In an 18-page document, a lawyer for a career official implied that the Justice Department may have told a court that the book contained classified information based on false pretenses. She also accused the White House of trying to coerce her to join their efforts, and suggested that they retaliated when she refused.
Separately, an investigation by Senate Republicans into corruption allegations against Joe Biden and his son, Hunter, involving Ukraine found no evidence of improper influence or wrongdoing.
And in New York, a state judge ordered President Trump’s son Eric to answer questions under oath before the election in a fraud investigation into his family’s real estate business.
5. The Metropolitan Opera will remain closed another year in a chilling signal for Broadway theaters, concert halls and comedy clubs.
The Met, the nation’s largest performing arts organization, has lost more than $150 million in revenue since the outbreak shuttered the New York opera house in March. The decision is likely to send ripples of concern throughout theaters and other live arts institutions grappling with the question of when it will be safe again to perform indoors.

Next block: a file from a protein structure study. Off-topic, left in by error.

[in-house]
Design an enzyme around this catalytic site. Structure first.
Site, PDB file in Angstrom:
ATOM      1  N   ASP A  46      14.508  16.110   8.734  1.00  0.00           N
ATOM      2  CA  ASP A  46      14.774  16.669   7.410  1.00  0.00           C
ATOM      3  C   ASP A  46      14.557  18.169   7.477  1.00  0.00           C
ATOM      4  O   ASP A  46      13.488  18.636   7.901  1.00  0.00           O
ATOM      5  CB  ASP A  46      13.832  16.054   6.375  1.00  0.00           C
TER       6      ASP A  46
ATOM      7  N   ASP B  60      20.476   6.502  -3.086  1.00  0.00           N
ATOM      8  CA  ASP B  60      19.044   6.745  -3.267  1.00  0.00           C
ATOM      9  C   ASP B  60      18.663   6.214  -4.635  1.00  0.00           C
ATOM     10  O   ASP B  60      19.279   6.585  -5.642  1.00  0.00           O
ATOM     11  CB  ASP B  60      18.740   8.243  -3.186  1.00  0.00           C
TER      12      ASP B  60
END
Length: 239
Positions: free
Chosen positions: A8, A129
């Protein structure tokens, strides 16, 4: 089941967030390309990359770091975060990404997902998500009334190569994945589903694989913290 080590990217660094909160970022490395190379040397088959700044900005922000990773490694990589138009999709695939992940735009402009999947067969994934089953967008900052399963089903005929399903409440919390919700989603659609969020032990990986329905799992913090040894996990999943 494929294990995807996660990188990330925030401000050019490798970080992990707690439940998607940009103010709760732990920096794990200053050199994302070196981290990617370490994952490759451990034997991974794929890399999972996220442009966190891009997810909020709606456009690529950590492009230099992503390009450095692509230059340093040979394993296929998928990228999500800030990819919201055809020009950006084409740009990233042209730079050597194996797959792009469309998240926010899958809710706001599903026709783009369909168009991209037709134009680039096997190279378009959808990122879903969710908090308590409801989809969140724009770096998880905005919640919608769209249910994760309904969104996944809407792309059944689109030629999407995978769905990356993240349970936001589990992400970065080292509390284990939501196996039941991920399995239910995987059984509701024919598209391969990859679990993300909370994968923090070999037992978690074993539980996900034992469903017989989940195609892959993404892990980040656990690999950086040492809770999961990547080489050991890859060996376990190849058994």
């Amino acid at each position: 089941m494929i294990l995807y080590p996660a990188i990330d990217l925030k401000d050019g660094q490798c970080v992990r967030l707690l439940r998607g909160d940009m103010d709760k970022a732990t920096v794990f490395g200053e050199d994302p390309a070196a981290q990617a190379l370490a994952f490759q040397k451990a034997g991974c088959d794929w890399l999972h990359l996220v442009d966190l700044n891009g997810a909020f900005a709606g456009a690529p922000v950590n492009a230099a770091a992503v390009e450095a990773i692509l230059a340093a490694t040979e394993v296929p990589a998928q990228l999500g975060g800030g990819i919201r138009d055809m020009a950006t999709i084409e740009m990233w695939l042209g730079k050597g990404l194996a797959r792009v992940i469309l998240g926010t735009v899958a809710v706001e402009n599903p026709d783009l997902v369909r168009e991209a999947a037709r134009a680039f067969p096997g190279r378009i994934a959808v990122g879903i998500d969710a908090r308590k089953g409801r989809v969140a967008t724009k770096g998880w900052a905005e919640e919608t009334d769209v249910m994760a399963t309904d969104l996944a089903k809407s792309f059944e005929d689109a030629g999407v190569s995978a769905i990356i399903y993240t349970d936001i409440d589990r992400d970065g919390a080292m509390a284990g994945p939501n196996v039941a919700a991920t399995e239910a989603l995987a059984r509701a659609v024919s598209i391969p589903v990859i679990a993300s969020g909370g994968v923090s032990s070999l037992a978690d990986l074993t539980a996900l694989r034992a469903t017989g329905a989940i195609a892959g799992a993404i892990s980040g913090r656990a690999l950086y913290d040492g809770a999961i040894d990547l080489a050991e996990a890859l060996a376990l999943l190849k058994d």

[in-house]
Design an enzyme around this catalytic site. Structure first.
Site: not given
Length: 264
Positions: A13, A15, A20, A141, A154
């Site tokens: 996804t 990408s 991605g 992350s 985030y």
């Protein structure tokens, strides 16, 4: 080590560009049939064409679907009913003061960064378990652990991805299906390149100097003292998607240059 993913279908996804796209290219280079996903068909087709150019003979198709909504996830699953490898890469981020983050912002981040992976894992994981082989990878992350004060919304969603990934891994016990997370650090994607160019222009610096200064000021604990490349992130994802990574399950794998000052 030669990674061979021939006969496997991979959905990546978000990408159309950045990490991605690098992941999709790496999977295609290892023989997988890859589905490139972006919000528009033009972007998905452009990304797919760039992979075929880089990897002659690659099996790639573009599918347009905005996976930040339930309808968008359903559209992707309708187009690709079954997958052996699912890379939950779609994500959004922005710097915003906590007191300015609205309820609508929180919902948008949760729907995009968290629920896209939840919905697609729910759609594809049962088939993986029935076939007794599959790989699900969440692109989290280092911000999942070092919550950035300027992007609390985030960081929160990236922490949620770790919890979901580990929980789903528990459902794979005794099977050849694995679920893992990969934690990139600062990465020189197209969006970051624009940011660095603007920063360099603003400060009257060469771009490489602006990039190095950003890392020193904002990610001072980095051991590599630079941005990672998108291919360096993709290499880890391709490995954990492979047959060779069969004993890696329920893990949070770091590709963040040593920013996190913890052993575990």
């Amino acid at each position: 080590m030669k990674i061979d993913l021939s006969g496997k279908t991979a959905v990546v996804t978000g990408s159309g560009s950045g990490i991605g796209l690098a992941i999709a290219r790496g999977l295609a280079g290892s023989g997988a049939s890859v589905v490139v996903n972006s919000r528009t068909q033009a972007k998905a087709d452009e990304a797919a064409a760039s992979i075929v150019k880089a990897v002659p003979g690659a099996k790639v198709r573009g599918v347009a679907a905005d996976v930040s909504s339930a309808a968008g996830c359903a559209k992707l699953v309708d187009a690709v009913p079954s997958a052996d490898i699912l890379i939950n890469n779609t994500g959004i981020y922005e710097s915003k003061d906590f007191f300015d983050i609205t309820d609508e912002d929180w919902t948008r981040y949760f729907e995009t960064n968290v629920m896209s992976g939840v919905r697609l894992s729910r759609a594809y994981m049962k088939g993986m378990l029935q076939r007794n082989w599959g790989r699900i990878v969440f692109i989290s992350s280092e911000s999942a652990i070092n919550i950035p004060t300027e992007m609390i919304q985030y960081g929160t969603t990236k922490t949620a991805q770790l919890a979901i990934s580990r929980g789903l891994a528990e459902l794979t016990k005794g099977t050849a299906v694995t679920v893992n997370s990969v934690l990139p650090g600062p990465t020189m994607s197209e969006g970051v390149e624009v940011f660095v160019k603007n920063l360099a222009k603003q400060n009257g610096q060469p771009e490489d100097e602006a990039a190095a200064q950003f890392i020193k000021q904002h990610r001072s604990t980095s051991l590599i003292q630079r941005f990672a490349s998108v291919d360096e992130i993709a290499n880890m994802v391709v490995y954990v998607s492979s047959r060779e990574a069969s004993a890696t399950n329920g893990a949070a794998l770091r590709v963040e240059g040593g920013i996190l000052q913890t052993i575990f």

Roughly six months into the pandemic, New Yorkers are finding resolve. It is not a tale of triumph. Fear persists about what lies ahead. But small transformations have unfolded that reveal the grit and gifts of the city’s people.
6. No part of the world has been as devastated by the pandemic as Latin America, where countries have several of the highest deaths per capita.
In Mexico City, the Iztapalapa neighborhood, home to the largest produce market in the Western Hemisphere, became the epicenter of the epicenter, registering more deaths from the coronavirus than any other part of the capital, which is itself the center of the national crisis.
Our reporters visited Iztapalapa, where poverty, a dense population and bustling commerce combined with devastating effect. The workers in the area were left with little choice. By May, officials estimated that one of every 10 people put on a ventilator in Mexico City had been in the market.
On the other side of the world in Helsinki, coronavirus-sniffing dogs began work at the airport as part of a Finnish pilot program to detect infections.
7. China’s new idea to rev up growth: better elevators.